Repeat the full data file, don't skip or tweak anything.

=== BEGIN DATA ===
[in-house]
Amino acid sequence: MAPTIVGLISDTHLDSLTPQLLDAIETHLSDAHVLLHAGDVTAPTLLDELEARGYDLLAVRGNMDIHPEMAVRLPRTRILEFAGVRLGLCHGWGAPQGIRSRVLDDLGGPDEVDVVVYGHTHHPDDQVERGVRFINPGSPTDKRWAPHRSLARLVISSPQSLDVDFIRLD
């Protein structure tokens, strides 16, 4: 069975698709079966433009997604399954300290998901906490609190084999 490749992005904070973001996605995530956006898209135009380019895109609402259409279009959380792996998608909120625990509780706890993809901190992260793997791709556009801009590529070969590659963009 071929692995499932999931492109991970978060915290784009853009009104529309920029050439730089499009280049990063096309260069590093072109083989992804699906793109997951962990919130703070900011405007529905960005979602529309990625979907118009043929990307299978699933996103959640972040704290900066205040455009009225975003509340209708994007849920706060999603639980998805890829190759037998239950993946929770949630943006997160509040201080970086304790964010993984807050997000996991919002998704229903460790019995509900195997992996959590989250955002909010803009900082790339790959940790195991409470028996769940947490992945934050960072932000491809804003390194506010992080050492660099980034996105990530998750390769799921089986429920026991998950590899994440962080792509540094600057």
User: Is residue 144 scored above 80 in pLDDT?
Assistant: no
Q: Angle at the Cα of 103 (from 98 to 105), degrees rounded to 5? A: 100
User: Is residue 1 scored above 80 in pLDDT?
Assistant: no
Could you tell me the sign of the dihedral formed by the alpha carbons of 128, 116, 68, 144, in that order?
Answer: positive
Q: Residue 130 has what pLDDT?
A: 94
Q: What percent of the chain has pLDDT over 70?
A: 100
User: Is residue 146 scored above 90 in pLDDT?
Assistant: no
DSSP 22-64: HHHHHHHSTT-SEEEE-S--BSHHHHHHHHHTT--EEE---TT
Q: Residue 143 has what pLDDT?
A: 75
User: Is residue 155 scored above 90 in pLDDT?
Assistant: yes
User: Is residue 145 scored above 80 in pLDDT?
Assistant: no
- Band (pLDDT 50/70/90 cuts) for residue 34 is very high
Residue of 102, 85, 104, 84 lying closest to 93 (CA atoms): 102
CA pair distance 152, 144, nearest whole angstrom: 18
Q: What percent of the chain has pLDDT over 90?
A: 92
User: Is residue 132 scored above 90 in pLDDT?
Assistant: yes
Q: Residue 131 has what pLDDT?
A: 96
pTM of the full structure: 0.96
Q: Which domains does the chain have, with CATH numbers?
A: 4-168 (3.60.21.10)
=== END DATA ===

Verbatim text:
[in-house]
Amino acid sequence: MAPTIVGLISDTHLDSLTPQLLDAIETHLSDAHVLLHAGDVTAPTLLDELEARGYDLLAVRGNMDIHPEMAVRLPRTRILEFAGVRLGLCHGWGAPQGIRSRVLDDLGGPDEVDVVVYGHTHHPDDQVERGVRFINPGSPTDKRWAPHRSLARLVISSPQSLDVDFIRLD
């Protein structure tokens, strides 16, 4: 069975698709079966433009997604399954300290998901906490609190084999 490749992005904070973001996605995530956006898209135009380019895109609402259409279009959380792996998608909120625990509780706890993809901190992260793997791709556009801009590529070969590659963009 071929692995499932999931492109991970978060915290784009853009009104529309920029050439730089499009280049990063096309260069590093072109083989992804699906793109997951962990919130703070900011405007529905960005979602529309990625979907118009043929990307299978699933996103959640972040704290900066205040455009009225975003509340209708994007849920706060999603639980998805890829190759037998239950993946929770949630943006997160509040201080970086304790964010993984807050997000996991919002998704229903460790019995509900195997992996959590989250955002909010803009900082790339790959940790195991409470028996769940947490992945934050960072932000491809804003390194506010992080050492660099980034996105990530998750390769799921089986429920026991998950590899994440962080792509540094600057």
User: Is residue 144 scored above 80 in pLDDT?
Assistant: no
Q: Angle at the Cα of 103 (from 98 to 105), degrees rounded to 5? A: 100
User: Is residue 1 scored above 80 in pLDDT?
Assistant: no
Could you tell me the sign of the dihedral formed by the alpha carbons of 128, 116, 68, 144, in that order?
Answer: positive
Q: Residue 130 has what pLDDT?
A: 94
Q: What percent of the chain has pLDDT over 70?
A: 100
User: Is residue 146 scored above 90 in pLDDT?
Assistant: no
DSSP 22-64: HHHHHHHSTT-SEEEE-S--BSHHHHHHHHHTT--EEE---TT
Q: Residue 143 has what pLDDT?
A: 75
User: Is residue 155 scored above 90 in pLDDT?
Assistant: yes
User: Is residue 145 scored above 80 in pLDDT?
Assistant: no
- Band (pLDDT 50/70/90 cuts) for residue 34 is very high
Residue of 102, 85, 104, 84 lying closest to 93 (CA atoms): 102
CA pair distance 152, 144, nearest whole angstrom: 18
Q: What percent of the chain has pLDDT over 90?
A: 92
User: Is residue 132 scored above 90 in pLDDT?
Assistant: yes
Q: Residue 131 has what pLDDT?
A: 96
pTM of the full structure: 0.96
Q: Which domains does the chain have, with CATH numbers?
A: 4-168 (3.60.21.10)